Sunday, September 6, 2009

The patient must minister to himself

After I returned home and settled down to the new routine, I had the problem of deciding how to spend my time. I am not very interested in watching movies and TV programmes. I used to watch news headlines, some live sporting events and some programmes on Discovery and National Geographic channels. The other channels were not of much interest to me. The prospect of vegetating in front of the idiot box watching prolefeed for the rest of my life was not a cheerful thought. While I did not get depressed, I did feel a Macbeth-like despair:

Tomorrow, and tomorrow, and tomorrow,
Creeps in this petty pace from day to day
To the last syllable of recorded time;
And all our yesterdays have lighted fools
The way to dusty death.

Like Rajesh Khanna, I did not want to get into an analysis-paralysis (pun unintended) loop of self-pity. Moping around the whole day wearing a 'Death, where is thy sting?' look on my face was not going to help either me or my family. But suppressing negative thoughts is a doomed endeavour. (Unless I had access to some futuristic drug.) You can only spend so much time thinking about whether a zebra is a white animal with black stripes or a black animal with white stripes.

At that time my physiotherapist was a lady named Kamala who used to stay with us. My escape from boredom was facilitated by her suggestion that I should spend more time sitting rather than just lying on the bed. Pillows were kept in front of me and the reading material was clipped onto it. I found that the letters were easier to see because no one was holding the material and so there was no blur due to constant shaking. I read the newspaper in some detail after many months. I read some magazines and books that were with me. My brother-in-law and some friends gave me new books which I enjoyed reading. Like the humorist Robert Benchley, “I do most of my work sitting down; that's where I shine."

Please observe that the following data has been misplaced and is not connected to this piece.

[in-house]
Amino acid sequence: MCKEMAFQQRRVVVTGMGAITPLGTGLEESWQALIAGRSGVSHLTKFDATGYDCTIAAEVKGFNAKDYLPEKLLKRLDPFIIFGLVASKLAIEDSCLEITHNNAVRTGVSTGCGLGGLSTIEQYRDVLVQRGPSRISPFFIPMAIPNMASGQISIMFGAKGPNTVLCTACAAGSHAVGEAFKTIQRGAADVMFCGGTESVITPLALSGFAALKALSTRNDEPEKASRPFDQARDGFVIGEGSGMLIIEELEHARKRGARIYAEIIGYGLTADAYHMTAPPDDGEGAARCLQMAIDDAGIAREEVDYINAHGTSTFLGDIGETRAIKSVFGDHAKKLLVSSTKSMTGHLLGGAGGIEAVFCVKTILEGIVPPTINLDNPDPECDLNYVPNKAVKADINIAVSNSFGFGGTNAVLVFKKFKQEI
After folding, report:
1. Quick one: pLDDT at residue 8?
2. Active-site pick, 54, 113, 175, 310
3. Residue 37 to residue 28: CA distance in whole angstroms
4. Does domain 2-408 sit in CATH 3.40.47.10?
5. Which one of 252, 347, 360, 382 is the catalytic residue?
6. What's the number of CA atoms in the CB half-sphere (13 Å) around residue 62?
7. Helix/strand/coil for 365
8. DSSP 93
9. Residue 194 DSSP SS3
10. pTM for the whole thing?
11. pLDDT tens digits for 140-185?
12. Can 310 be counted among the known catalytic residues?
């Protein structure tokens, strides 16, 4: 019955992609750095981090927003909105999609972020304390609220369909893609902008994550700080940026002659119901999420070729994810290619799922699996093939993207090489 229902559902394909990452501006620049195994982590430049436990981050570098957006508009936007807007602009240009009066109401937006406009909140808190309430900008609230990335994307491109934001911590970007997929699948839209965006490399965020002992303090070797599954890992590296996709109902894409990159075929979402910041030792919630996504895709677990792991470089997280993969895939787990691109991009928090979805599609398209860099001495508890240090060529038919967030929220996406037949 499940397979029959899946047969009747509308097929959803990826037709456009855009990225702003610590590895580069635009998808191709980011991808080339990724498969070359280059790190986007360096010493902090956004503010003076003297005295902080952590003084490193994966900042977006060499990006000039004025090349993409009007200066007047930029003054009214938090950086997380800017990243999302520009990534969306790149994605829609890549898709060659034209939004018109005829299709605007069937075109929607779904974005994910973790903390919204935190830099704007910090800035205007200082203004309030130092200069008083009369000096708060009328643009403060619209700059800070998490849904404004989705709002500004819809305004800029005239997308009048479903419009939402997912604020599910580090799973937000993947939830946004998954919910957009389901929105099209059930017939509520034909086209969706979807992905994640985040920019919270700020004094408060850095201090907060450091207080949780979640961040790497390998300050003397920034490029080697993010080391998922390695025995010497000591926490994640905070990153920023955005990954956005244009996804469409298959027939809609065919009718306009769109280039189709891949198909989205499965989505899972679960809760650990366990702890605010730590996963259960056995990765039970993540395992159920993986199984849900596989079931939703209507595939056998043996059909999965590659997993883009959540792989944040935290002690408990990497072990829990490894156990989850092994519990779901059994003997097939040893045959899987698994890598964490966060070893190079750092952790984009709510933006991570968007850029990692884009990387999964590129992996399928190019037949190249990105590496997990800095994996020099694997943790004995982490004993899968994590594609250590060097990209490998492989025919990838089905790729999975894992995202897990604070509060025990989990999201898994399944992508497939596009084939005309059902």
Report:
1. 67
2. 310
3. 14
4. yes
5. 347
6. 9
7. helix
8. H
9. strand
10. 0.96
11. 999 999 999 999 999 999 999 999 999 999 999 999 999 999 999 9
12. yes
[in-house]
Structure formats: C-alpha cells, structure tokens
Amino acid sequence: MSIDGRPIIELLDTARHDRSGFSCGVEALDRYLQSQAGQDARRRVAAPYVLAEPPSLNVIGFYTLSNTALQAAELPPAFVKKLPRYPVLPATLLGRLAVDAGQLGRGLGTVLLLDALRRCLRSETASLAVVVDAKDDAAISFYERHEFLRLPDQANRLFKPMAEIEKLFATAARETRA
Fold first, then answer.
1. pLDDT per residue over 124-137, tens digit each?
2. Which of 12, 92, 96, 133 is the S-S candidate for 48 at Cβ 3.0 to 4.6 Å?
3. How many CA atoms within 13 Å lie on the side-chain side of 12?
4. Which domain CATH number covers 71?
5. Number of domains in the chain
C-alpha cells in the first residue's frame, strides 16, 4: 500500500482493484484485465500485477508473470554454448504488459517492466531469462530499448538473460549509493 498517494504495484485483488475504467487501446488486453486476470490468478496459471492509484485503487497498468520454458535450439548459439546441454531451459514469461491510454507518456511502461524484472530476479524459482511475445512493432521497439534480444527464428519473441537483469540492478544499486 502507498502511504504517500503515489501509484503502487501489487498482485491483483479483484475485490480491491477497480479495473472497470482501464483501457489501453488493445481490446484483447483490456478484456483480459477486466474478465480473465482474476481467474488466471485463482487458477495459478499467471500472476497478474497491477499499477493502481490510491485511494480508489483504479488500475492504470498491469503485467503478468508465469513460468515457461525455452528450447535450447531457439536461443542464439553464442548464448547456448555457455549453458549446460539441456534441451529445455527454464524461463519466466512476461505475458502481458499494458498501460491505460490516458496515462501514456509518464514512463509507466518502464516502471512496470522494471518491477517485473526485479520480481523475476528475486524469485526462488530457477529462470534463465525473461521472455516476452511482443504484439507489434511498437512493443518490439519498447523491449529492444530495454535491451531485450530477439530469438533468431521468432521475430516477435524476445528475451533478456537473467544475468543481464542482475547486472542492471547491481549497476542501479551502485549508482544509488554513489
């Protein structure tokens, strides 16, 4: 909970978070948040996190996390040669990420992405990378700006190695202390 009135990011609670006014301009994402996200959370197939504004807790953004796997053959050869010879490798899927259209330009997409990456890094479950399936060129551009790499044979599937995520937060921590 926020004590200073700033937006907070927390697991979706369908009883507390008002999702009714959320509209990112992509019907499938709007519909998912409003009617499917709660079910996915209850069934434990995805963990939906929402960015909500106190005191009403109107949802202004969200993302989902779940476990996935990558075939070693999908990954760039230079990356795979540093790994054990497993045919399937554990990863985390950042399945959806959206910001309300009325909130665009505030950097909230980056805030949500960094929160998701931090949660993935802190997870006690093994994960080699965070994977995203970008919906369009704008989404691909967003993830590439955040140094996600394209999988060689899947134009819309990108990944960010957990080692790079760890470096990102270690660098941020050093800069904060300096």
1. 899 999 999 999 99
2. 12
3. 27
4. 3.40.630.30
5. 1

I read a lot about evolution and astronomy both of which were new subjects for me. I enjoyed reading and trying to understand topics about which I knew next to nothing. For perhaps the first time in my life I was reading a lot of non-fiction books without any specific goal: I was not preparing for any exam, I was not appearing for any interview, I was not going to show-off my new found knowledge to anyone. There is a book of short works of Richard Feynman called The Pleasure of Finding Things Out. The title expresses clearly the reason why I enjoyed reading about these things. There was another benefit: during the long hours that I had to spend lying on the bed I used to think about the various things that I had read. My mind was no longer idle and the devil had one less workshop to fool around in.

Some years after my stroke, Jaya decided to do MBA by correspondence and asked me to help her in some areas so that she did not have to attend contact classes. She completed the course in the required time in spite of having many other things to do. That was the only time after my stroke that I seriously read any management books. Now I am not interested in business matters. Occasionally I read some things about it but soon my interest wanes and I start reading about transitional whale fossils.

Once Sujit started getting into higher classes and had subjects with a little more meat in them I used to think of how to explain some concepts more clearly than what was given in the textbook. And now I am writing this blog, so I spend some time thinking about what to bore you with next.

So I have a lot more things to do now than in the months following my stroke. Thanks to family (especially Jaya) and friends, it looks as if I have managed to survive the stress tests without major mental damage.

1 comment:

  1. but of course you show off. we are all better off for it....